Interlanguage fossilization Interlanguage fossilization is a stage during second-language acquisition. When mastering a target language (TL), second language (L2) learners develop a linguistic system that is self-contained and different from both the learner’s first language (L1) and the TL (Nemser, 1971). This linguistic system has been variously called interlanguage (IL) (Selinker, 1972), approximative system (Nemser, 1971), idiosyncratic dialects or transitional dialects (Corder, 1971), etc. Interlanguage According to Corder (Corder,1981), this temporary and changing grammatical system, IL, which is constructed by the learner, approximates the grammatical system of the TL. A five-step guide to not being stupid Even the smartest people can be fools. David Robson explains how to avoid the most common traps of sloppy thinking. If you ever doubt the idea that the very clever can also be very silly, just remember the time the smartest man in America tried to electrocute a turkey. Benjamin Franklin had been attempting to capture “electrical fire” in glass jars as a primitive battery.
ELT CONFERENCES 2015 I’ve decided to make a few tiny, tweeny-weeny changes to this year’s Conference Calendar! Yes, that image is the first one – heck…if Warren Buffett can say something outrageous about the States (and 1776), I thought I’d just borrow his words a wee bit (and apply them to our conferences here in canım Türkiyem)! “Bizim konferanslar”, here in Turkey, have been getting a pretty good reputation over the last few years…and this year is shaping up to be the same! The second change is that I am not kicking off with the International “big boys” this time around. Yani, those conferences that are far too far away (and too expensive for most of us to get to) …unless we work for an EDUorganisation that sends all its TEACHers on an “international jolly” (while all the administrators / managers stay back at home to look after the “shop”)!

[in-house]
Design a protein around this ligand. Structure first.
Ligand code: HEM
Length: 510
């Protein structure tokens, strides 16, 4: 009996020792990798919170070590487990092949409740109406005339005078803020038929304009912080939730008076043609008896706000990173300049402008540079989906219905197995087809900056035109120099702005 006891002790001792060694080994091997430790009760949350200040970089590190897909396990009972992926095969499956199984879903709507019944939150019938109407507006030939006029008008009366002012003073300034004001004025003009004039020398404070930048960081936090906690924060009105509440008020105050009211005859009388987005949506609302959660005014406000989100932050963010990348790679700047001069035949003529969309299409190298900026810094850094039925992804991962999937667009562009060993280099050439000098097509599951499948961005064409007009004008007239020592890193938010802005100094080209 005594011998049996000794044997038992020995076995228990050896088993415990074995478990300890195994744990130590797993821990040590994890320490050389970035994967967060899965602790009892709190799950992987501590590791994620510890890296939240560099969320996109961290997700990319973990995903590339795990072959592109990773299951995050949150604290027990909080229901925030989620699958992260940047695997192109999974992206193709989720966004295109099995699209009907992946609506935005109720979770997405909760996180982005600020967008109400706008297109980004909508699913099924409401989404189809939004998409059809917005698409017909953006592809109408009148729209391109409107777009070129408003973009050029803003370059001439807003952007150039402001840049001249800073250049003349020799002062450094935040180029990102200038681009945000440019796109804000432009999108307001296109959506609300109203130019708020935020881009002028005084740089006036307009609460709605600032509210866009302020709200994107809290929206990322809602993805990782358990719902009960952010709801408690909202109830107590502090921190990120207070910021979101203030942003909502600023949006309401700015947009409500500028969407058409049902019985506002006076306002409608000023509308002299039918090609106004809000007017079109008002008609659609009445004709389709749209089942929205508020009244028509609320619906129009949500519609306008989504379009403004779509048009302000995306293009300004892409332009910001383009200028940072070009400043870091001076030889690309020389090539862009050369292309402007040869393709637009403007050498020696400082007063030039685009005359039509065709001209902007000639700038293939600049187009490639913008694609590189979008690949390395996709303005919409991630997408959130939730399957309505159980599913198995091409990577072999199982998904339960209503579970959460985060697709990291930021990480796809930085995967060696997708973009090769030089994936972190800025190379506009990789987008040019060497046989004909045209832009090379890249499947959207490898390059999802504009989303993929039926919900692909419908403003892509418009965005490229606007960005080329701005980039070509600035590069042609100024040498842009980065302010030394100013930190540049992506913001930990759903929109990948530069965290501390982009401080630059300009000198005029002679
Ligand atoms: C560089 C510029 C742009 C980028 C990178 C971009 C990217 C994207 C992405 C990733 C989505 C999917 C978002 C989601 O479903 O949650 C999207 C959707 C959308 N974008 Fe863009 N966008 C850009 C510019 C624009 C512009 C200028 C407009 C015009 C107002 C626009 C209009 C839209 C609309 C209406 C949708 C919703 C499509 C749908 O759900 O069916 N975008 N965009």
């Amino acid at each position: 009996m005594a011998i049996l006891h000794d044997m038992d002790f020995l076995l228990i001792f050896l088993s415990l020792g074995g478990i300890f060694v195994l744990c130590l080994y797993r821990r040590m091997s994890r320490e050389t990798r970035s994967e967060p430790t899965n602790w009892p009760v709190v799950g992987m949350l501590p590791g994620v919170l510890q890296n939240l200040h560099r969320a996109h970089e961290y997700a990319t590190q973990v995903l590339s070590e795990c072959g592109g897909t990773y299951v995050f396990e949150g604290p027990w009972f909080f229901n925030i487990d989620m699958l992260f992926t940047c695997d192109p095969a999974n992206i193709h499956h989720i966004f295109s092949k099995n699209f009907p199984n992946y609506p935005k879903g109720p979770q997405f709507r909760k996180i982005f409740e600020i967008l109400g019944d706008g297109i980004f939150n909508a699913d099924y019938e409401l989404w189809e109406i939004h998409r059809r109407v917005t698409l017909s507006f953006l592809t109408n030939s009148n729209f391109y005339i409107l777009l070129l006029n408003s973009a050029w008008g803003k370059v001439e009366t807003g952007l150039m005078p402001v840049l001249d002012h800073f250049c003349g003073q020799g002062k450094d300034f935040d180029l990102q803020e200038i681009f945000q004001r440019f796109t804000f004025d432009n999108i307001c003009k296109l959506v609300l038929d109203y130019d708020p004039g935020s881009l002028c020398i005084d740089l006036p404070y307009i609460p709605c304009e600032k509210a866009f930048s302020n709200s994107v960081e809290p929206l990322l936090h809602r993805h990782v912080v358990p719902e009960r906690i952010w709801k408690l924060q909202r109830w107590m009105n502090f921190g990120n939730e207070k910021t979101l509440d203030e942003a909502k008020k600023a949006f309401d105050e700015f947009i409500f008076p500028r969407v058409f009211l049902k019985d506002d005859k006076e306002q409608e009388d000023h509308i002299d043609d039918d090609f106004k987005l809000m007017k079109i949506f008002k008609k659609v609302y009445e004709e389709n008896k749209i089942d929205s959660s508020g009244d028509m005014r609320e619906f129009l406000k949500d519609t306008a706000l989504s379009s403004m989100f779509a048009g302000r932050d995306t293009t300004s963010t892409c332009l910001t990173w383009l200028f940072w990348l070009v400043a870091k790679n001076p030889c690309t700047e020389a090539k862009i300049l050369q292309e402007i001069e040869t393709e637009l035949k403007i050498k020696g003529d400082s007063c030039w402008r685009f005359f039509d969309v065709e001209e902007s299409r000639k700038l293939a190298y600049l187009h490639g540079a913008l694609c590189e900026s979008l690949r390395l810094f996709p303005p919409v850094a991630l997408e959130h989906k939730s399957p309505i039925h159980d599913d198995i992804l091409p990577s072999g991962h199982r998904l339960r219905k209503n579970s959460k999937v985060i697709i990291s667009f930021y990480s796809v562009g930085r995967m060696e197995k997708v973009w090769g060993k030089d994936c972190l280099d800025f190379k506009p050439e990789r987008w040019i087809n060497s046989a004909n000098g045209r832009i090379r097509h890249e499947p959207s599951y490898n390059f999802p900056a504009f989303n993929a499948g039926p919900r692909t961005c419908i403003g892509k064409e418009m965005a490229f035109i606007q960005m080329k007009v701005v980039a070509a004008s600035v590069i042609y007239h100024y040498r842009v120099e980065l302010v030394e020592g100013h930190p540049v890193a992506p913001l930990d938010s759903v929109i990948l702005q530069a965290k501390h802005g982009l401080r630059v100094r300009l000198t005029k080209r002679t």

for teachers by teachers by David Dodgson “But you only teach six lessons a day and you have a guaranteed summer holiday…” Ah, the common misconception that being a teacher is somehow an “easy” job! We all know the truth, however. ESL Teacher Burnout: Here's How to Avoid It - Now, I realize the irony of this post on ESL teacher burnout. I, myself, am totally and completely burnt out on the teaching and am in fact moving to Canada in about a month after living in Korea for a decade. However, I did have a really solid nine years where I liked my job and truly didn’t mind going into work each day.
Brain-based Learning Definition This learning theory is based on the structure and function of the brain. As long as the brain is not prohibited from fulfilling its normal processes, learning will occur. Please note: since this article was published, Geoffrey and Renate Caine, leaders in brain-based learning research, have modified their principles on the topic.